Welcome to EMC Consulting Blogs Sign in | Join | Help

SSIS Junkie

SSIS: Put a package to sleep

A question was recently asked on the SSIS forum about how you can put a package "to sleep". In other words, pause execution for a defined length of time.

It was suggested to use a script task to do this. That would definately work but there is actually a much easier way - use an empty For Loop. Here's a screenshot showing how to set it up.

As you can see, all you need to do is set the EvalExpression property. It really is that easy. The expression here:

DATEADD( "ss", 10, @[System::ContainerStartTime]  ) >  GETDATE() 

will pause the package for ten seconds. It works by looping until the time that it started looping plus ten seconds is less than the current time. Very simple indeed.


One thing to be aware of in regards to this. In the current build of SSIS (SP1) there is a small bug that you should be aware of when using the For Loop or ForEach Loop. Each iteration of the For Loop or ForEach loop hangs onto a bit of memory - in other words there is a small memory leak. Hence if you loop enough times there is a miniscule possibility that you could get an out of memory exception. This bug has been fixed in SP2.

This bug information comes from Travis Maddox. who was running a process in an infinite loop. On each loop iteration he was processing a 100k file (approximate size). The steps outlined above for putting a package to sleep should not result in an infinite loop unless you code it up wrongly. The point being that it would take a huge processing requirement for you to encounter this bug so in all but the most extreme circumstances it really isn't anything to worry about when you are building a "sleep" For Loop that doesn't actually process any data..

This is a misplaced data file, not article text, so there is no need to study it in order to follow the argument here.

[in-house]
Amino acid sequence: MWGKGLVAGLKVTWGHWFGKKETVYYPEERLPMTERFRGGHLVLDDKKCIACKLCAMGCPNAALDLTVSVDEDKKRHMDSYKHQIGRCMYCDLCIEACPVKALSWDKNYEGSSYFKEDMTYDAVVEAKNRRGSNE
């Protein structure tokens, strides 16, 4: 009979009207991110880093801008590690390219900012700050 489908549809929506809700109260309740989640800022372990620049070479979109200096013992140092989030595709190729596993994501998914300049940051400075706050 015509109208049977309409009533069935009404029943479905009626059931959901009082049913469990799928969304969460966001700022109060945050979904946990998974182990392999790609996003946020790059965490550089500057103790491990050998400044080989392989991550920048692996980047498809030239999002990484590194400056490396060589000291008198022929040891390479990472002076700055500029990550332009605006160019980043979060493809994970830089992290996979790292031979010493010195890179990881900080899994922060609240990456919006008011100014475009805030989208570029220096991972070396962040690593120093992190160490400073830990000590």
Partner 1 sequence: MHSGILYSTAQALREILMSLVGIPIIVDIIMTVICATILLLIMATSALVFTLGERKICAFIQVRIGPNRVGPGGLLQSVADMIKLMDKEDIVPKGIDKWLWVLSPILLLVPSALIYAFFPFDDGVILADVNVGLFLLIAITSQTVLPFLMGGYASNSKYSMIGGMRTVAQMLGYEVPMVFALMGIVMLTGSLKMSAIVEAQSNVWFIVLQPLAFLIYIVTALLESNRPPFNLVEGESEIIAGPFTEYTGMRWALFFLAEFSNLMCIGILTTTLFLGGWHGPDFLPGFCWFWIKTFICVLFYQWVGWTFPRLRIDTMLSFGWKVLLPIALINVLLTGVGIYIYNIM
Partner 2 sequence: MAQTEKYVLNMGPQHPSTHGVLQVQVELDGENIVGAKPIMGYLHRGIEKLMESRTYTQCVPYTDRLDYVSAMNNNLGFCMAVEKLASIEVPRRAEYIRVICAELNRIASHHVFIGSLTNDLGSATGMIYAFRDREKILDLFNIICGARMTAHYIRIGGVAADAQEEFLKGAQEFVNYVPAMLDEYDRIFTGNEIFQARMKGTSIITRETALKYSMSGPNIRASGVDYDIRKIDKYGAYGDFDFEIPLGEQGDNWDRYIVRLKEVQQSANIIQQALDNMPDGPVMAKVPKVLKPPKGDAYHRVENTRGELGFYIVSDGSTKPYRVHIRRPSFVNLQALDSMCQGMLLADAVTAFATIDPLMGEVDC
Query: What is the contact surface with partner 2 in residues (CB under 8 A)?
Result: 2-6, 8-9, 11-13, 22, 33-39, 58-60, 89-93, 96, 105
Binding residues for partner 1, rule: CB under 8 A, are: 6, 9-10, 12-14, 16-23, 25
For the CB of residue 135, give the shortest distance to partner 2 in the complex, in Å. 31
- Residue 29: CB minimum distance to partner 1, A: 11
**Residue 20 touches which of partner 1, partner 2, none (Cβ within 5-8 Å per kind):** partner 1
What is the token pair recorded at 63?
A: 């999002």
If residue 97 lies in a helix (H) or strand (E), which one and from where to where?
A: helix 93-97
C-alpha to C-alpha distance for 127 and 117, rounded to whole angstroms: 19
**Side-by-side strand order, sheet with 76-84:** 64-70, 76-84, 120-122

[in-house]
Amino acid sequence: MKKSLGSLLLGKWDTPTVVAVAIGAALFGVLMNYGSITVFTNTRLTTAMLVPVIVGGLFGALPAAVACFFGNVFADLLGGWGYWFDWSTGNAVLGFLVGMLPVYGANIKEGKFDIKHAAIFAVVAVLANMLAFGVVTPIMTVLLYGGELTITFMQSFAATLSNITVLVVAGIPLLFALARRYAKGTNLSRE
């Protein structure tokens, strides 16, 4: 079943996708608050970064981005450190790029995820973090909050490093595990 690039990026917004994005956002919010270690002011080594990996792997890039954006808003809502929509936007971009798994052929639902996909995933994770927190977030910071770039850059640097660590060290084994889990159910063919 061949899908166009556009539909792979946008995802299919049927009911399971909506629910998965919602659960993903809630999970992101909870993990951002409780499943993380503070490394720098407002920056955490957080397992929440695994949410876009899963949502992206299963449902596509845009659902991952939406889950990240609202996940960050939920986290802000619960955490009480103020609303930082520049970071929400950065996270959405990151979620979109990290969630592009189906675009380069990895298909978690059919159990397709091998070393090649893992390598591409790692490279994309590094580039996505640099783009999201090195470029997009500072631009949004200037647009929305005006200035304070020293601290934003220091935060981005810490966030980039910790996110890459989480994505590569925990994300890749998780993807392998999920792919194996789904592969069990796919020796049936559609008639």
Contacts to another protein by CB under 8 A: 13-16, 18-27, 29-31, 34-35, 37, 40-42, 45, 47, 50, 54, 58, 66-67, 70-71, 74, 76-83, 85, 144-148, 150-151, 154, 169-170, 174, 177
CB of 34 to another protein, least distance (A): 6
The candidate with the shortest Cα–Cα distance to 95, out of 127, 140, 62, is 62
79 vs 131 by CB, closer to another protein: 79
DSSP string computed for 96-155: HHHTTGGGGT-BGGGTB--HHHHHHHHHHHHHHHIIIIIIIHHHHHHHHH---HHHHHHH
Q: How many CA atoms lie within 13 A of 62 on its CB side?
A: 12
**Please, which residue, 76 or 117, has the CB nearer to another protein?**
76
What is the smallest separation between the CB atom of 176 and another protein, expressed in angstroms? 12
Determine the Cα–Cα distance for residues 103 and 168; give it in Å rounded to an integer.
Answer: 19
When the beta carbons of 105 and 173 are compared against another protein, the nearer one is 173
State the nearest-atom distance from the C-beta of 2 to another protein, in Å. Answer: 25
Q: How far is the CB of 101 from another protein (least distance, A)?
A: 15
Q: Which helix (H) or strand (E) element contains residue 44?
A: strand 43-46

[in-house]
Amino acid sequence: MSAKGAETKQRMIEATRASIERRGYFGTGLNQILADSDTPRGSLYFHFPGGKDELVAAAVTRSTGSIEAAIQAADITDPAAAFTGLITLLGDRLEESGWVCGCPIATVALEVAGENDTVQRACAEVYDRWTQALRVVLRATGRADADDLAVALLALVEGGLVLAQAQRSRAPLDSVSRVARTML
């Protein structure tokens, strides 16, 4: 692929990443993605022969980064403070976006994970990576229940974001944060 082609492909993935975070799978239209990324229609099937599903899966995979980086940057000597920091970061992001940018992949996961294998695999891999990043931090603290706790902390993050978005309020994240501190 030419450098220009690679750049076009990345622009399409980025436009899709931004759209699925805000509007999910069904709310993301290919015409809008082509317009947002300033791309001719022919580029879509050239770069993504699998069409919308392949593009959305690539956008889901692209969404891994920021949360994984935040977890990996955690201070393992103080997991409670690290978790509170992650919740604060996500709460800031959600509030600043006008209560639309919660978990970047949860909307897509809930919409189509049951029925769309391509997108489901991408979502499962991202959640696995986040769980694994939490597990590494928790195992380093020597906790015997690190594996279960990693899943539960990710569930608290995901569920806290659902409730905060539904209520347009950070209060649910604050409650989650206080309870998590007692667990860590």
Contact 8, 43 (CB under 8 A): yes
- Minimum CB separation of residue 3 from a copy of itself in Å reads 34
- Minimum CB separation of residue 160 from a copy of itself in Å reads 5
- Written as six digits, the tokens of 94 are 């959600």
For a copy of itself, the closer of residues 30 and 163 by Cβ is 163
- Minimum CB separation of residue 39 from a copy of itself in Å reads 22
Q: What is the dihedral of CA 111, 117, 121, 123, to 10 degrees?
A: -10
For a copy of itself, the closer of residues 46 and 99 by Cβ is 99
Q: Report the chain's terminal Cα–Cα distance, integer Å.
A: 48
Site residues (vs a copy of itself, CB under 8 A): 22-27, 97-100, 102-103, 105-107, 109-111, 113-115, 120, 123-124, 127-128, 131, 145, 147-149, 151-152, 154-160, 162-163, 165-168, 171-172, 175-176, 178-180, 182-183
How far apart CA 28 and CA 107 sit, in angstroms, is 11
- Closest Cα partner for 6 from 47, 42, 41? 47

My thanks go to Travis for this information.



UPDATE 2006-11-02: I neglected to check this out properly and I should make you aware that this technique may send your CPU utilization sailing a little close to the edge. Make sure you check out CPU util before you fully employ this technique.

Thanks to Darren Gosbell (and a couple of others) for pulling me up on this. And I apologise for not checking this out fully first. A lesson learnt methinks.




Published Monday, October 23, 2006 10:28 PM by jamie.thomson



DGosbell said:

What does this sort of loop do to CPU utilization? Although this is a simpler approach I would have thought a script task may have been better if you want to sleep for any significant amount of time where other processes might be running on the server.

November 2, 2006 1:14 AM

jamie.thomson said:


Its a good point. I just tested it and CPU util rose to about 40%. Definately one to be aware of.

Maybe a "sleep" task is called for.


November 2, 2006 2:10 AM

sqlbi said:

I would use a script task with only one line:

System.Threading.Thread.Sleep( 10000 )

It is 10 seconds (parameter is in milliseconds), it does not use CPU and it is simpler to read (but I born as a programmer...).


November 4, 2006 6:45 PM

jamie.thomson said:


In hindsight I would agree. And I'm NOT a programmer :)


November 4, 2006 6:51 PM

ronald said: